ANNUAL MEETING

SHEBOYGAN, Wis. -- Schultz Sav-O Stores here hopes to grow "at a faster pace than we have historically," James Dickelman, chairman, president and chief executive officer, told shareholders at last week's annual meeting here.BR At the cornerstone of its growth efforts, he said, will be the company's marketing and advertising program "encouraging people to shop the pig" -- a reference to the company's

SHEBOYGAN, Wis. -- Schultz Sav-O Stores here hopes to grow "at a faster pace than we have historically," James Dickelman, chairman, president and chief executive officer, told shareholders at last week's annual meeting here.

BR> At the cornerstone of its growth efforts, he said, will be the company's marketing and advertising program "encouraging people to shop the pig" -- a reference to the company's store banner, Piggly Wiggly. Schultz operates 19 corporate stores and serves as a wholesaler to 69 franchise units, all operating under the Piggly Wiggly name.

During the meeting, Elwinn Winn, the company's newly promoted chief financial officer, disclosed financial results for the first quarter ended April 22, which showed sales up 0.5% to a record $147.7 million -- with wholesale volume up 1.5% to $85.4 million and corporate retail sales down 0.8% to $62.2 million -- and net income up 0.1% to a record $1.9 million.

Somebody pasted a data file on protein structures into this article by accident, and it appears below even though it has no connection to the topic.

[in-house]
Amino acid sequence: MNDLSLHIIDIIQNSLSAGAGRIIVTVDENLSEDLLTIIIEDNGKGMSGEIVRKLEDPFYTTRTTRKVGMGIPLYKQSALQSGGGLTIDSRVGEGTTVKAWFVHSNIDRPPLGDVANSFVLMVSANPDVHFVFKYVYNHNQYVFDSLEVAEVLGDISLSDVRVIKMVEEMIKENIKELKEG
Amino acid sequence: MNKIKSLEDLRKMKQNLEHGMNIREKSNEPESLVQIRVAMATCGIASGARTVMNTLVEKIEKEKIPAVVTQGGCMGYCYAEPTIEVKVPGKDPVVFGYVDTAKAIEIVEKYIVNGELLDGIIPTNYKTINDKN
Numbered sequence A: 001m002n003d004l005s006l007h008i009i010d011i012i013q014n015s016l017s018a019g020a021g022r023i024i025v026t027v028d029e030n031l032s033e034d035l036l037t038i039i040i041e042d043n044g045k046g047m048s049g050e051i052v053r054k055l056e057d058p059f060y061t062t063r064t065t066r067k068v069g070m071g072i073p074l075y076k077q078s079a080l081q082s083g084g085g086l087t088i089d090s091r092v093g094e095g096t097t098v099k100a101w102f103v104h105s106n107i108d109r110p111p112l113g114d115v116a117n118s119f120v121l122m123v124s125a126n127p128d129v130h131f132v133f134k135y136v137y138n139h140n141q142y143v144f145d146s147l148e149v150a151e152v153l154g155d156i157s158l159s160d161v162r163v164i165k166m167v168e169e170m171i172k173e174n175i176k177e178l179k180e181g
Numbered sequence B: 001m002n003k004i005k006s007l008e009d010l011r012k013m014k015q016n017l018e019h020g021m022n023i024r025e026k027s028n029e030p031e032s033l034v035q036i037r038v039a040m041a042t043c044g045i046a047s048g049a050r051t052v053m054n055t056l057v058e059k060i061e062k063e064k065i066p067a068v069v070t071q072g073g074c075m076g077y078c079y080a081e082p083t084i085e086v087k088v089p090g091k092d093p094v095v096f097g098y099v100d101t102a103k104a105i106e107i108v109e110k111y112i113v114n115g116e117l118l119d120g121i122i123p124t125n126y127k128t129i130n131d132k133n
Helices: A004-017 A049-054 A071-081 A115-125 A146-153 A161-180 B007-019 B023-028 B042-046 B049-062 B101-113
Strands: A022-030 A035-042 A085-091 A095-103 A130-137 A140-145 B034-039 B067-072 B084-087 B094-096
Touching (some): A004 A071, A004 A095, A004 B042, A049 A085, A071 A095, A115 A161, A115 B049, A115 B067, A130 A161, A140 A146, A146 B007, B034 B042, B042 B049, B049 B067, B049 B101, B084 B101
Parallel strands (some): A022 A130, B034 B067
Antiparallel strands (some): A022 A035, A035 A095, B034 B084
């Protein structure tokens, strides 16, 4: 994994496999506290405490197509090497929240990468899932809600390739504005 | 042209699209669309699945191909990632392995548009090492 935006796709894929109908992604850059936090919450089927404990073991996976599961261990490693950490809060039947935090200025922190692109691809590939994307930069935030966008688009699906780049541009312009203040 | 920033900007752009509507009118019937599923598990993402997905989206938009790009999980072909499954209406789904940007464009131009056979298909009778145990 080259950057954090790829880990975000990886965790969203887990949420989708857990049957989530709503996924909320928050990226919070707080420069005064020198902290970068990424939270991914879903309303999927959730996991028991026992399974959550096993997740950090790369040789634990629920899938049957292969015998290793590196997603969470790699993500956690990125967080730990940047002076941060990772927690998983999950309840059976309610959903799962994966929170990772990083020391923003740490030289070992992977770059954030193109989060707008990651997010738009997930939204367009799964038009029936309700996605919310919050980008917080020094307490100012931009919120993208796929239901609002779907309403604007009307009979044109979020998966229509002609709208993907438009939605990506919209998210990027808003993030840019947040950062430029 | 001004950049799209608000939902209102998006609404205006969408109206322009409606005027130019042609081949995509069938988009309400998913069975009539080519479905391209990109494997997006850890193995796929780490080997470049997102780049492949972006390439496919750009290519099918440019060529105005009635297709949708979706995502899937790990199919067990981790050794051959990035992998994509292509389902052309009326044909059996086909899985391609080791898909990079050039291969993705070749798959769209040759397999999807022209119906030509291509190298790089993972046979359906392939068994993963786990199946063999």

He said the company plans to increase its capital budget nearly 70% this year to $5.4 million, compared with $3.2 million a year ago. Of the total, the largest portion -- $3.5 million -- will go for retail upgrades, Winn said.

He also said the franchise group plans to reduce its spending by about 17% this year to approximately $10 million, compared with approximately $12 million a year ago.

According to Dickelman, the company is scheduled to begin construction on a corporate replacement store here later this year, which will serve as the flagship of a new prototype; that store is scheduled to open in the spring of 2001.

Reflecting on the 37.4% drop in the company's stock price during 1999, Dickelman said, "It was a horrendous year for the shares of food retailing and wholesaling companies, [with] the composite of this group down nearly 38% from their 52-week highs and only one stock [Weis Markets] showing a gain."